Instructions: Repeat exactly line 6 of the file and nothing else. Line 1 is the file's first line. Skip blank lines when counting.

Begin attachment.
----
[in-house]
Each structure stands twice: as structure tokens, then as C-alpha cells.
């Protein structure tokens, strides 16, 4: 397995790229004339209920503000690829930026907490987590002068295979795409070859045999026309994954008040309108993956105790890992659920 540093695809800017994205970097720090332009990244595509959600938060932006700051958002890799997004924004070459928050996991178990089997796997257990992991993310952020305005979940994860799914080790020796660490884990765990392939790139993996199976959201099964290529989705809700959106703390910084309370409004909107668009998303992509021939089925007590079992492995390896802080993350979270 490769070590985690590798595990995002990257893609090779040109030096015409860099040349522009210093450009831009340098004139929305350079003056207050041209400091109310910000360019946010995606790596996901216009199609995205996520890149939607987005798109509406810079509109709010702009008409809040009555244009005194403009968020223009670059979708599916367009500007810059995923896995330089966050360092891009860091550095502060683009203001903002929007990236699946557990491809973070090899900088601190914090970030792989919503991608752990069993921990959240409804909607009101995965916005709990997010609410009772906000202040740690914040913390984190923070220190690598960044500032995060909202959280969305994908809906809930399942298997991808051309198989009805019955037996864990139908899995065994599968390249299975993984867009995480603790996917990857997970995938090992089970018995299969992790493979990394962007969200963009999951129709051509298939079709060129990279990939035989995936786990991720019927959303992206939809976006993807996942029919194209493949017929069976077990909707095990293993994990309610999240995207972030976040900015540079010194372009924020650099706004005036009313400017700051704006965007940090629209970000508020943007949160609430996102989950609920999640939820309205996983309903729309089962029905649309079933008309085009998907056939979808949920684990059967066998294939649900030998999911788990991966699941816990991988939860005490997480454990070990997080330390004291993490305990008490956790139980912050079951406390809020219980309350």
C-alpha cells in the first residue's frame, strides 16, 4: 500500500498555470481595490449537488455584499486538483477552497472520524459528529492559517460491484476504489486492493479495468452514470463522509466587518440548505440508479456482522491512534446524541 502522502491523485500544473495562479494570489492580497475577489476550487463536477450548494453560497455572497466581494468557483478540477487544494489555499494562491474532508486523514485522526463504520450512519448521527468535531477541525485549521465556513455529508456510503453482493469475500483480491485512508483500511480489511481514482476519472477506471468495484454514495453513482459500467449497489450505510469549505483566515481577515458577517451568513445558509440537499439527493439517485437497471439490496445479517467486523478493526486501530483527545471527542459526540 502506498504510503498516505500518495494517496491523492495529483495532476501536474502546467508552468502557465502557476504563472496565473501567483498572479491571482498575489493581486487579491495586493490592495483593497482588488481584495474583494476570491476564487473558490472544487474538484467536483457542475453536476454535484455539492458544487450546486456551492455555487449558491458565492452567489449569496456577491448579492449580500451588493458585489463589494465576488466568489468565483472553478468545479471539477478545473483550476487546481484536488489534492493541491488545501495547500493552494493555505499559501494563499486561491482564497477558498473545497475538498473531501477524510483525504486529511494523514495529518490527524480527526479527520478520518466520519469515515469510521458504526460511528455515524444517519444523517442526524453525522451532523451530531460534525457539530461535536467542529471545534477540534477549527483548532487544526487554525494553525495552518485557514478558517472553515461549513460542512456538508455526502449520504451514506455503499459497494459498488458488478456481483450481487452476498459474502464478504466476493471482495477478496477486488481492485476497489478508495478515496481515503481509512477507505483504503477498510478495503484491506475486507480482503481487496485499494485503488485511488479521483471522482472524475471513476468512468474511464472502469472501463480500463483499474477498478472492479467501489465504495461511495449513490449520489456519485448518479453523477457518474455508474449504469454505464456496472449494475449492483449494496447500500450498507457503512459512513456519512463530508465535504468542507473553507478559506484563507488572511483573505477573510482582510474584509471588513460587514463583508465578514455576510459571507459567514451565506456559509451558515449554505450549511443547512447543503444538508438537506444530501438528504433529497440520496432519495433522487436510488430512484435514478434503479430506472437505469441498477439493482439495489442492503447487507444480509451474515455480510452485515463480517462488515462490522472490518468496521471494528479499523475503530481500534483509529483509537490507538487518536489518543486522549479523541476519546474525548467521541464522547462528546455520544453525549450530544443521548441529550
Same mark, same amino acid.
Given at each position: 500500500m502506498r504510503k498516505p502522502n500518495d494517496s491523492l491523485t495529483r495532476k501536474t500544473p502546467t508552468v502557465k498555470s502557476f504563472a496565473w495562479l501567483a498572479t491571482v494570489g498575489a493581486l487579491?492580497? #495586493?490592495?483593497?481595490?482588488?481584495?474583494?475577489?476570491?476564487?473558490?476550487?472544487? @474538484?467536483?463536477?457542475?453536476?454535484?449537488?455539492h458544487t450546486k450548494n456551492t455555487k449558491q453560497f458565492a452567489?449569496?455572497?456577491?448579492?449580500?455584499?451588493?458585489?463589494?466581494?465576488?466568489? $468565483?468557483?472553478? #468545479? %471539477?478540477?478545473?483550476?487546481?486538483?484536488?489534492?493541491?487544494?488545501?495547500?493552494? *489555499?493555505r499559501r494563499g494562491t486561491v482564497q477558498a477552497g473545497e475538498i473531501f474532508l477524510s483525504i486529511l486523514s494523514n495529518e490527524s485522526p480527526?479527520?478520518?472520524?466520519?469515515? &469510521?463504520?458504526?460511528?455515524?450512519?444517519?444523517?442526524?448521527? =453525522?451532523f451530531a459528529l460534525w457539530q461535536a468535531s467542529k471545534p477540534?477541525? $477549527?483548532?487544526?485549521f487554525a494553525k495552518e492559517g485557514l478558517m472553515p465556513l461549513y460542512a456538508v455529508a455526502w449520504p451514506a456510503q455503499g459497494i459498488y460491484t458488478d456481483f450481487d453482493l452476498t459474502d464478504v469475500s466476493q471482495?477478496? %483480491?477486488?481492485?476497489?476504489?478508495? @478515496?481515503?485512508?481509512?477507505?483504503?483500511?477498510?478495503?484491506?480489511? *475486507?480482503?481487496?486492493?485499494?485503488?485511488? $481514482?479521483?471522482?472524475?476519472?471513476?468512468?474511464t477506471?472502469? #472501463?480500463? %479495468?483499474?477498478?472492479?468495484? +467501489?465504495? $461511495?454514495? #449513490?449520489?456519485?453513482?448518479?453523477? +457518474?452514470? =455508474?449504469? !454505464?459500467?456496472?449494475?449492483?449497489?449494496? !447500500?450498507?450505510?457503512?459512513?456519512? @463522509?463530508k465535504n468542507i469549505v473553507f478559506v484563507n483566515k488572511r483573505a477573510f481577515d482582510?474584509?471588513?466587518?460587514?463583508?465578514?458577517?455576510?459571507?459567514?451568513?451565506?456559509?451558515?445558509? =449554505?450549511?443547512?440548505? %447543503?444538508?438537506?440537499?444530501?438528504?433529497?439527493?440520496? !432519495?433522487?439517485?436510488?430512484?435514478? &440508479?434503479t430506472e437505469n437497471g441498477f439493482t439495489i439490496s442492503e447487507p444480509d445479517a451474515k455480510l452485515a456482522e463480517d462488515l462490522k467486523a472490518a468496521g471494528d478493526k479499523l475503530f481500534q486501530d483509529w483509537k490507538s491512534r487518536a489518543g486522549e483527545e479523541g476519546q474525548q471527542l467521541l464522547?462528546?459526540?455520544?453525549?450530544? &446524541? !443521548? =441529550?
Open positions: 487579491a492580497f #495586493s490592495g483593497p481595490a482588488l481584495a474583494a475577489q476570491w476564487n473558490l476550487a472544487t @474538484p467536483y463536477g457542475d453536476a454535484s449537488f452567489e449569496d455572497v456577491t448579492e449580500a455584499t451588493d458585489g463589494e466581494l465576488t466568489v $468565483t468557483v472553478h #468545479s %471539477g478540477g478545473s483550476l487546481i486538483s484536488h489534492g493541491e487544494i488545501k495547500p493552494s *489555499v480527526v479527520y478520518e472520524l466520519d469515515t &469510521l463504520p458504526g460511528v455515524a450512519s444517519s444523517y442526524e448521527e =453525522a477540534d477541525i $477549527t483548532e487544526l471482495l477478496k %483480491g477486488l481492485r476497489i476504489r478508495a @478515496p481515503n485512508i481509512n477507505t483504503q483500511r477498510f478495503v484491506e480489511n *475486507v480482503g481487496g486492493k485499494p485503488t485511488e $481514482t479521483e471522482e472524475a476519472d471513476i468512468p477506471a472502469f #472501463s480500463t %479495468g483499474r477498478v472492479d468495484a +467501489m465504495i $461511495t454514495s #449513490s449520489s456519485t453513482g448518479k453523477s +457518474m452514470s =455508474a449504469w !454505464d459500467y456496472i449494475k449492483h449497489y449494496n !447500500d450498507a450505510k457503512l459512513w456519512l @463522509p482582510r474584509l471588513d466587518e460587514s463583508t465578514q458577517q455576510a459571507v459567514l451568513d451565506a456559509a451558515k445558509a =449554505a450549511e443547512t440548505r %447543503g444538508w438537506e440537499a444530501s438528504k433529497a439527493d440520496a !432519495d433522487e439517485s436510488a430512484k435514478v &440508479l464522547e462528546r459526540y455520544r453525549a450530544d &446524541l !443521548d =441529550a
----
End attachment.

Given at each position: 500500500m502506498r504510503k498516505p502522502n500518495d494517496s491523492l491523485t495529483r495532476k501536474t500544473p502546467t508552468v502557465k498555470s502557476f504563472a496565473w495562479l501567483a498572479t491571482v494570489g498575489a493581486l487579491?492580497? #495586493?490592495?483593497?481595490?482588488?481584495?474583494?475577489?476570491?476564487?473558490?476550487?472544487? @474538484?467536483?463536477?457542475?453536476?454535484?449537488?455539492h458544487t450546486k450548494n456551492t455555487k449558491q453560497f458565492a452567489?449569496?455572497?456577491?448579492?449580500?455584499?451588493?458585489?463589494?466581494?465576488?466568489? $468565483?468557483?472553478? #468545479? %471539477?478540477?478545473?483550476?487546481?486538483?484536488?489534492?493541491?487544494?488545501?495547500?493552494? *489555499?493555505r499559501r494563499g494562491t486561491v482564497q477558498a477552497g473545497e475538498i473531501f474532508l477524510s483525504i486529511l486523514s494523514n495529518e490527524s485522526p480527526?479527520?478520518?472520524?466520519?469515515? &469510521?463504520?458504526?460511528?455515524?450512519?444517519?444523517?442526524?448521527? =453525522?451532523f451530531a459528529l460534525w457539530q461535536a468535531s467542529k471545534p477540534?477541525? $477549527?483548532?487544526?485549521f487554525a494553525k495552518e492559517g485557514l478558517m472553515p465556513l461549513y460542512a456538508v455529508a455526502w449520504p451514506a456510503q455503499g459497494i459498488y460491484t458488478d456481483f450481487d453482493l452476498t459474502d464478504v469475500s466476493q471482495?477478496? %483480491?477486488?481492485?476497489?476504489?478508495? @478515496?481515503?485512508?481509512?477507505?483504503?483500511?477498510?478495503?484491506?480489511? *475486507?480482503?481487496?486492493?485499494?485503488?485511488? $481514482?479521483?471522482?472524475?476519472?471513476?468512468?474511464t477506471?472502469? #472501463?480500463? %479495468?483499474?477498478?472492479?468495484? +467501489?465504495? $461511495?454514495? #449513490?449520489?456519485?453513482?448518479?453523477? +457518474?452514470? =455508474?449504469? !454505464?459500467?456496472?449494475?449492483?449497489?449494496? !447500500?450498507?450505510?457503512?459512513?456519512? @463522509?463530508k465535504n468542507i469549505v473553507f478559506v484563507n483566515k488572511r483573505a477573510f481577515d482582510?474584509?471588513?466587518?460587514?463583508?465578514?458577517?455576510?459571507?459567514?451568513?451565506?456559509?451558515?445558509? =449554505?450549511?443547512?440548505? %447543503?444538508?438537506?440537499?444530501?438528504?433529497?439527493?440520496? !432519495?433522487?439517485?436510488?430512484?435514478? &440508479?434503479t430506472e437505469n437497471g441498477f439493482t439495489i439490496s442492503e447487507p444480509d445479517a451474515k455480510l452485515a456482522e463480517d462488515l462490522k467486523a472490518a468496521g471494528d478493526k479499523l475503530f481500534q486501530d483509529w483509537k490507538s491512534r487518536a489518543g486522549e483527545e479523541g476519546q474525548q471527542l467521541l464522547?462528546?459526540?455520544?453525549?450530544? &446524541? !443521548? =441529550?